The Malleable X: On Queer Origins of “Latinx”

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John Paul Brammer (@jpbrammer) writes (here) in Mother Jones how Digging Into the Messy History of “Latinx” Helped Me Embrace My Complex Identity. Here is an excerpt:

A June 2018 survey found that Latino millennials are the least likely bracket in their generation to consider themselves straight. But the term “Latinx” is considered fraught, even reviled, by some. And at best, it has been unevenly adopted. A November story in the New York Times, for example, listed the eight books “reshaping Latinx literature.” A review in the same publication—about a book called Latinx—refers to the “Latino community” and “Latinos” and “Latina.” The newspaper uses the term on a case-by-case basis, according to editor Concepción de León, as conversations about the term and its usage continue to evolve. (Mother Jones does its best to honor an individual’s preference.)

To understand where “Latinx”—and the debate over it—came from, it helps to know a little history about the word “Latino.” Chicano writer David Bowles, who teaches literature at the University of Texas-Rio Grande Valley, laid it out in a thread on Twitter: The part of the Americas colonized by the Spanish Empire was known historically as the Monarquía Hispánica, or the Hispanic Monarchy, because the Latin word for Iberia (home of the Spaniards) was “Hispania.” When these territories eventually won their independence from the Spanish crown, they became home to distinct cultures shaped by mestizaje, the mixing of European, indigenous American, African, and other ethnicities. Scholars trace the term “América latina” to 1856, when it was used by Chilean writer Francisco Bilbao and Colombia’s José María Torres Caicedo. For these thinkers, the phrase helped unite the southern regions below the United States in anti-­imperialist sentiment. * * *

Because Spanish is one of many languages that ascribe a gender to nearly everything, “Latino” (male) was paired with “Latina” (female). At some point in the late 1990s, people who felt they didn’t fit into one of those two descriptors started searching for a more inclusive one. First came “Latin@”—a symbol that combines the “a” and the “o.” But how do you pronounce that? * * *

These days, “Latinx” pops up most frequently in stories about the LGBT community, and it’s often to describe young people, says Brian Latimer, an associate producer at MSNBC who identifies as nonbinary. “I think it’s fascinating—it shows a generational divide in the Hispanic community,” Latimer says. And though it has lightly peppered conversations in Latin America, it has been most championed by people of Latin American descent living in the United States, a fact that has colored the pushback against it. * * *

Though the letter “x” in Spanish can take on a pronunciation similar to the English “x,” it can also take on an “s” sound, or an “h” sound, as with the Mexican state of Oaxaca. “By replacing o’s and a’s with x’s, the word ‘Latinx’ is rendered laughably incomprehensible to any Spanish speaker without some fluency in English,” they wrote. “It does not provide a gender-neutral alternative for Spanish-speaking non-binary individuals and thus excludes them.” (And even English speakers say everything from la-TEEN-ex to LAT-in-ex to la-TEENKS.)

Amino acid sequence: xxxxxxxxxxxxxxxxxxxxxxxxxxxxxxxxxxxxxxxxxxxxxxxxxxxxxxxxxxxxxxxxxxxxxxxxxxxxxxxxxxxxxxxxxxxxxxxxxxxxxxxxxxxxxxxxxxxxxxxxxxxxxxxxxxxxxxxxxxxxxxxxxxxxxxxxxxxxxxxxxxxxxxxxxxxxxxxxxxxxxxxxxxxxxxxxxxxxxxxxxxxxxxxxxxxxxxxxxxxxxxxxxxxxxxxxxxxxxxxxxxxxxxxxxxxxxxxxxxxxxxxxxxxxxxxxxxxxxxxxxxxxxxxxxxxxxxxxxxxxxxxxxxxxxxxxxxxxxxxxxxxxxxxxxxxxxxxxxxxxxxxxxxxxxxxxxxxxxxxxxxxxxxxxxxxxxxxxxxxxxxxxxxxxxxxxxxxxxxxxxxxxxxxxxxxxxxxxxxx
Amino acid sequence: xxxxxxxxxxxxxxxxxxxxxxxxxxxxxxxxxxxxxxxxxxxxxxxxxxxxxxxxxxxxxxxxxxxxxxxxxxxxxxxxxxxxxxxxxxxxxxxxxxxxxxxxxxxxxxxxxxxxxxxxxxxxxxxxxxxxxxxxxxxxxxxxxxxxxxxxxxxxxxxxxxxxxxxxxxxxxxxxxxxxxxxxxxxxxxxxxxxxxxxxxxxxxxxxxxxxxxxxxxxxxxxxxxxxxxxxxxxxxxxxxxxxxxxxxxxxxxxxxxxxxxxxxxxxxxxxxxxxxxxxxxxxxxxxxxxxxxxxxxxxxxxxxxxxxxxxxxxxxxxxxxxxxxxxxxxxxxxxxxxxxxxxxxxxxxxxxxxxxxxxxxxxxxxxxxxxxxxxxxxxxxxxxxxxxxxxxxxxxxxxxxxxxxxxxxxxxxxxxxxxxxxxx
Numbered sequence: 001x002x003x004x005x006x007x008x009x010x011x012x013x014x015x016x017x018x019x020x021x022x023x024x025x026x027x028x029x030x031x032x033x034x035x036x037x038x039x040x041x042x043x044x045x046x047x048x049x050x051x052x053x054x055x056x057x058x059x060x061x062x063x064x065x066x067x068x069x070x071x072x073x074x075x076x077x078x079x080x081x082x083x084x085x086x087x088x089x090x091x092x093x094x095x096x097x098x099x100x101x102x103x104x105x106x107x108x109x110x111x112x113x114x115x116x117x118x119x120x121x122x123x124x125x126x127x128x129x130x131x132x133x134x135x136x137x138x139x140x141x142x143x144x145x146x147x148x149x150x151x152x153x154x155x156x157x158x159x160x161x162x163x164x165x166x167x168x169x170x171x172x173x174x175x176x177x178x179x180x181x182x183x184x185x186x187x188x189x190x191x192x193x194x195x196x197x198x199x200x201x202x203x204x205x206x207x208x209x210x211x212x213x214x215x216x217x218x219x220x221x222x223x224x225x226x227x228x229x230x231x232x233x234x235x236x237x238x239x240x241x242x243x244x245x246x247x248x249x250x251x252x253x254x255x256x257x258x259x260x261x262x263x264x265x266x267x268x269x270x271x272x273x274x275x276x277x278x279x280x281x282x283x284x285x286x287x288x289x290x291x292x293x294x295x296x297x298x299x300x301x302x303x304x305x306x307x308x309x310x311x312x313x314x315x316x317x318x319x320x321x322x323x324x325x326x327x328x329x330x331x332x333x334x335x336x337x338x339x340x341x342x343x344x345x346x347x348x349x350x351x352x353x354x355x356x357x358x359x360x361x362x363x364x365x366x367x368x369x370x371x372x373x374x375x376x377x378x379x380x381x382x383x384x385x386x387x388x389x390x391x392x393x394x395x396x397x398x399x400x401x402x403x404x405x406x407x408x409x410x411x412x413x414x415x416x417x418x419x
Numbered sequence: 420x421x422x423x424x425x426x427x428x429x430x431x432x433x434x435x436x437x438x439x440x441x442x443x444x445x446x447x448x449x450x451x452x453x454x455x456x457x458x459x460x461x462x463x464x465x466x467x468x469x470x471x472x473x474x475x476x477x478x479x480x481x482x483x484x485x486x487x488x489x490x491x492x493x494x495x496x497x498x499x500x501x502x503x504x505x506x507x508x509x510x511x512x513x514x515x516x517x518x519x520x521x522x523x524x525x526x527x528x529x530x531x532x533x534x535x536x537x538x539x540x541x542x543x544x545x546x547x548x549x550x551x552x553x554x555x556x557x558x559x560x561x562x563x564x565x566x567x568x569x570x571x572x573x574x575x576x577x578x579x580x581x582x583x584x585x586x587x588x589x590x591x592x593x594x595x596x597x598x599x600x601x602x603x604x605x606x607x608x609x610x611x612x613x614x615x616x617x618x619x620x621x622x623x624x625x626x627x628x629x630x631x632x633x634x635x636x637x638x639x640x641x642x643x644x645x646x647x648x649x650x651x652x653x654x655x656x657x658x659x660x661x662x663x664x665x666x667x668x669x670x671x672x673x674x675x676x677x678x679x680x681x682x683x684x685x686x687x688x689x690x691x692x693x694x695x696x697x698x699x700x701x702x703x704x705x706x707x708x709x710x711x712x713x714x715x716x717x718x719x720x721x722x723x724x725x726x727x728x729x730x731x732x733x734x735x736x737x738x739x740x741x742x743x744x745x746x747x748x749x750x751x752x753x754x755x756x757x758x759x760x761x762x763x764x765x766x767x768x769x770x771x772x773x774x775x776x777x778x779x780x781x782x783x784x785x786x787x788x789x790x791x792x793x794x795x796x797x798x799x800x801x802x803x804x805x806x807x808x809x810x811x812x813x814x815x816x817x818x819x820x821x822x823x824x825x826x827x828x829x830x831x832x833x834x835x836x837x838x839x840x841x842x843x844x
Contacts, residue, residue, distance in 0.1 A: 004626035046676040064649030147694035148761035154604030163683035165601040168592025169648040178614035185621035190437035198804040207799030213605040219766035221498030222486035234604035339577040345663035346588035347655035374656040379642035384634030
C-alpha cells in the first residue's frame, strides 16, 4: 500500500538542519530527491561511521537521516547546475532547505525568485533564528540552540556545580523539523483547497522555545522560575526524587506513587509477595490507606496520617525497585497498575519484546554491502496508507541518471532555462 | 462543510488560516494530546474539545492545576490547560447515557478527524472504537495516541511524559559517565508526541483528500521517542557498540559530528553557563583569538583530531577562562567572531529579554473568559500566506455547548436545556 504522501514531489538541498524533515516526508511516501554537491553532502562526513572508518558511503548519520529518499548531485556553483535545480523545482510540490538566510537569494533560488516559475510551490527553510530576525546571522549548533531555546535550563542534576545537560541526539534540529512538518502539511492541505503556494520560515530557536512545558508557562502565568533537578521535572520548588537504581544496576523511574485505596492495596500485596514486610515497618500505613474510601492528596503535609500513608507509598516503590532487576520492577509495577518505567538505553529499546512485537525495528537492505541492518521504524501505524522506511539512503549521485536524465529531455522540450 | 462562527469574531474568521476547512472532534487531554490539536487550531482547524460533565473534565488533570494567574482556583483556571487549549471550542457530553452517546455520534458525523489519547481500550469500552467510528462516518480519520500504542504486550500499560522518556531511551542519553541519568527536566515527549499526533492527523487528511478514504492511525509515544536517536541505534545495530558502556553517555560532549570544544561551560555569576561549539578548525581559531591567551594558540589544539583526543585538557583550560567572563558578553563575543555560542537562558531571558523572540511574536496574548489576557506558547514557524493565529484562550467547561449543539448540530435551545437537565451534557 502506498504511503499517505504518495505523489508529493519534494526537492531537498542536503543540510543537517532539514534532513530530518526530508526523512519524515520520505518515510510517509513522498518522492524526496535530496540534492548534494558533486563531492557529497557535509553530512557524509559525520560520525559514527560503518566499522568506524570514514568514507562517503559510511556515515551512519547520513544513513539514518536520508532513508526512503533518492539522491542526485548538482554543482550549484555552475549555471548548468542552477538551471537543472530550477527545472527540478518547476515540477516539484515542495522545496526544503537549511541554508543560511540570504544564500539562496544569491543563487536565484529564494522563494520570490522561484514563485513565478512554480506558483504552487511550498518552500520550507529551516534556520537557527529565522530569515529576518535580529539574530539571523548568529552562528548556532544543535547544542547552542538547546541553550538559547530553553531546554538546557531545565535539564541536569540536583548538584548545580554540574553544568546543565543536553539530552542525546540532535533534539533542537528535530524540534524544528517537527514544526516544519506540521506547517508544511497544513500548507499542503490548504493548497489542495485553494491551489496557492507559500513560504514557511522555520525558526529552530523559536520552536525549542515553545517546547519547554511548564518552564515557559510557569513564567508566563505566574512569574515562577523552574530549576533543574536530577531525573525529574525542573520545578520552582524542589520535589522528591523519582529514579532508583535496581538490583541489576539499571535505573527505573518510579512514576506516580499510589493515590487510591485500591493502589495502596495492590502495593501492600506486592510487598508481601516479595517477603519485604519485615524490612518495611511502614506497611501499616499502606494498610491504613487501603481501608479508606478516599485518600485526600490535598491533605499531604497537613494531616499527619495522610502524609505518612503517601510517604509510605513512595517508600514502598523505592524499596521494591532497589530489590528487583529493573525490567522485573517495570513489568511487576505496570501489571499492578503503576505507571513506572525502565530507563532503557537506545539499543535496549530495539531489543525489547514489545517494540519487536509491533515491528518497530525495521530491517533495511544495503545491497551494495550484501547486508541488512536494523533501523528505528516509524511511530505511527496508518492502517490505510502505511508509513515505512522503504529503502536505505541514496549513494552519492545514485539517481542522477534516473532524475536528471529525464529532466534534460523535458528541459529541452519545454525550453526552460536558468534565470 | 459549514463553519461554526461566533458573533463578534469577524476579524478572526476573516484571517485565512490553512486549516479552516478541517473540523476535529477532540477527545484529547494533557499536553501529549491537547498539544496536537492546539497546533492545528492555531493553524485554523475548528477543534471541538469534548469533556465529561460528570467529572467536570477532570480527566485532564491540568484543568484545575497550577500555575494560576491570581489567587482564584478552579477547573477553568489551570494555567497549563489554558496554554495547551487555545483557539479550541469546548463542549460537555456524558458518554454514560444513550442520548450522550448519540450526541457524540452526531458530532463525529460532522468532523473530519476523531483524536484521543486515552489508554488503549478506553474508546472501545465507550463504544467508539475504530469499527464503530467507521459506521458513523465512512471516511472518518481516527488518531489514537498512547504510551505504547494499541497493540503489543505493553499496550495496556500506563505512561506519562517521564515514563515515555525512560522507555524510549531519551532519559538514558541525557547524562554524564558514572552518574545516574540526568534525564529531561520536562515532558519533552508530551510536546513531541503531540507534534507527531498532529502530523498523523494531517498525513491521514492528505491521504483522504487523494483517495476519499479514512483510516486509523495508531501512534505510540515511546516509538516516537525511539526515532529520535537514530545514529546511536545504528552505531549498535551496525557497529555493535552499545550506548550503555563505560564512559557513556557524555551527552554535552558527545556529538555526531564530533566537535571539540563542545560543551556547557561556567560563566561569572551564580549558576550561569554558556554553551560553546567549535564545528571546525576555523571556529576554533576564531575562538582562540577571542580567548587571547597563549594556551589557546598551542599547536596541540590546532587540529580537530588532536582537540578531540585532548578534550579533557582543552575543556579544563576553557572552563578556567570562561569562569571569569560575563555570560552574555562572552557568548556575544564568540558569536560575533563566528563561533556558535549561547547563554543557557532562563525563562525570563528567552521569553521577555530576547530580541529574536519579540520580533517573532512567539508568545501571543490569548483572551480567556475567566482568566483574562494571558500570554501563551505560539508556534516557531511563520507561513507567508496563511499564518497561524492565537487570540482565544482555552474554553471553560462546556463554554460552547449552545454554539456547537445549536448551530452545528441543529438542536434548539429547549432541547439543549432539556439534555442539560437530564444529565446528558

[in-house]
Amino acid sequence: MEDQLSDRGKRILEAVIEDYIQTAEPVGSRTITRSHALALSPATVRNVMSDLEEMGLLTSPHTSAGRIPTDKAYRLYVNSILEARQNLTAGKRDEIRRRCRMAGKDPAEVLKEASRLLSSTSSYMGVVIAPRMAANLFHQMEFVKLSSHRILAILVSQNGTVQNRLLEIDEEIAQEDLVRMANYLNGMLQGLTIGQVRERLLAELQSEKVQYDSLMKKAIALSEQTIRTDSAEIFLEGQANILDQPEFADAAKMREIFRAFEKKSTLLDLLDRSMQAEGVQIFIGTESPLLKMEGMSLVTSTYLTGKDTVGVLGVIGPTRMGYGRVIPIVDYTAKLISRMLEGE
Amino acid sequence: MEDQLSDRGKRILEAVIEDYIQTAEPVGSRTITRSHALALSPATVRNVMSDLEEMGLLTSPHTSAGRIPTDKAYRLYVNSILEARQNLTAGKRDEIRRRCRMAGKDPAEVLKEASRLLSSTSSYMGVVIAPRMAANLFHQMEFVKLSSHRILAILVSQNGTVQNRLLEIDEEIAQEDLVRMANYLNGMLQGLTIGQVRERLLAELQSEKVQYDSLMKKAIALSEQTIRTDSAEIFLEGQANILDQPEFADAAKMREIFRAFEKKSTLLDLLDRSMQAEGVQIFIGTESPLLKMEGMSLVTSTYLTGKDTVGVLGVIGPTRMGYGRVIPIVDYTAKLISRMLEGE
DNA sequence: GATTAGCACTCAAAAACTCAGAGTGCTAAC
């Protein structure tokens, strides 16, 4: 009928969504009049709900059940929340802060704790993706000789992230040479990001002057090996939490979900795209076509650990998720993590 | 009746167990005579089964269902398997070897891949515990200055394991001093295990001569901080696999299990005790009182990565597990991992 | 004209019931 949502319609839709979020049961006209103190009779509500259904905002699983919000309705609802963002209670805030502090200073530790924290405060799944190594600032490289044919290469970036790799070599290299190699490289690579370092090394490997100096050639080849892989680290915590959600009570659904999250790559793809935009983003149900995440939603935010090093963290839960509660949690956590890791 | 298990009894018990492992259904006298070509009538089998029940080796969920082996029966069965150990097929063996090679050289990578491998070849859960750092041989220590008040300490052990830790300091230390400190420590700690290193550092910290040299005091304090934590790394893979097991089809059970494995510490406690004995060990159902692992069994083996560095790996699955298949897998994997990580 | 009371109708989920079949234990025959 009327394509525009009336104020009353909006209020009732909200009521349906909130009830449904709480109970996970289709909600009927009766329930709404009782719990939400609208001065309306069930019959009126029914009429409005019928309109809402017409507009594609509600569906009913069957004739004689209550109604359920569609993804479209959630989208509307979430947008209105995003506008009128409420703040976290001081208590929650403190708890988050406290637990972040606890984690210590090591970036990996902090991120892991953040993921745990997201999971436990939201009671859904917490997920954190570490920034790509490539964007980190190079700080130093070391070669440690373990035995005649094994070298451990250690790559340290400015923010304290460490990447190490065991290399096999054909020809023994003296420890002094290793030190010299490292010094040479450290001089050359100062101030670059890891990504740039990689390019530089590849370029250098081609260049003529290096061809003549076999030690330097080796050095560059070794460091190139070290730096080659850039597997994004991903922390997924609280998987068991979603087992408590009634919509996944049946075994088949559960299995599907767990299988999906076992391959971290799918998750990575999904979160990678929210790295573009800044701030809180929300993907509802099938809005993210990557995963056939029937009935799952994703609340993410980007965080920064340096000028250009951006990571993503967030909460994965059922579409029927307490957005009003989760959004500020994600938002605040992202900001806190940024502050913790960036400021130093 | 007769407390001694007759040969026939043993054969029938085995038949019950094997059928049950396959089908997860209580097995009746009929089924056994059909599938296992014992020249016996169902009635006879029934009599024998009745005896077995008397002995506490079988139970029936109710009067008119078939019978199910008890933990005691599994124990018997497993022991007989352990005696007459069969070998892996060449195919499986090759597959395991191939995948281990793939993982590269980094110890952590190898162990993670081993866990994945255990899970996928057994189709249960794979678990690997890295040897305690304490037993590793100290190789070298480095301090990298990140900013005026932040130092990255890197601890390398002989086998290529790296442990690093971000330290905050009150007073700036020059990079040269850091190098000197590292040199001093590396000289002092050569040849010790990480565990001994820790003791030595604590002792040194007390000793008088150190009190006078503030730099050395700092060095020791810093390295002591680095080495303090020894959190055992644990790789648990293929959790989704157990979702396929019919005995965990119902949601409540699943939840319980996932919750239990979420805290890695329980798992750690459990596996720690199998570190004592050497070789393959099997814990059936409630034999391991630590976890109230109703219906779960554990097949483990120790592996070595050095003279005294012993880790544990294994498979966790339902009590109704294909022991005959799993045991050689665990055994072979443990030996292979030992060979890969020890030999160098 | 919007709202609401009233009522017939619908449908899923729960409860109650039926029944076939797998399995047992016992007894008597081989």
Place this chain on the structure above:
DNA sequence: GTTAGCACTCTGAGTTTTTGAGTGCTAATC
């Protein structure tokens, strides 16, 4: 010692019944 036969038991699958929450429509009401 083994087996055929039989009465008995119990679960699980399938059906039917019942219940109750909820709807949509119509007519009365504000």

Writer Hector Luis Alamo echoed the frustration in an
opinion piece for the media outlet Latino Rebels titled “The X-ing of Language: The Case AGAINST ‘Latinx.’” Alamo, an Afro-Latino whose family hails from Honduras and who is the founder of Enclave magazine, argued that the term constitutes a “bulldozing of Spanish.” It’s “an academic word, and that group always thinks it knows what’s best for the rest of us,” Alamo told me via email. “Activists and people who want to appear liberal have adopted the word (and are calling out people for not using it).” It’s a critique that has also been leveled at terms like “cisgender” and “nonbinary”—all were devised and propagated by elite academic circles—but “Latinx” carries the added whiff of imperialism. “I want to caution everyone reading against the arrogant supposition that Latin Americans needed US Latinx folx to teach them that Spanish has sexist elements,” Bowles wrote in a Medium post in December. “They figured that shit out for themselves long before we did.”

Whether it is loved or hated, the word at least makes readers think. * * * As the biracial son of Mexican immigrants, I have, at various stages of my life, described myself as Latino, Mexican American, Hispanic, and Chicano. None of these words ever felt quite right; none of them painted the whole picture of how I see myself or how I want to be seen. I felt I had inherited a chaotic identity with too many facets; language, race, geography—which one should win out? But mestizaje tells us it is precisely this struggle, the search for a cohesive identity, that defines us as a people. The “mixedness” is not a halfway state of being, but a complete state of being unto itself. I can think of no better extension of that sentiment than “Latinx,” a word that concedes to malleability, the “x” willing to become whatever it needs to be for the person who wears it.

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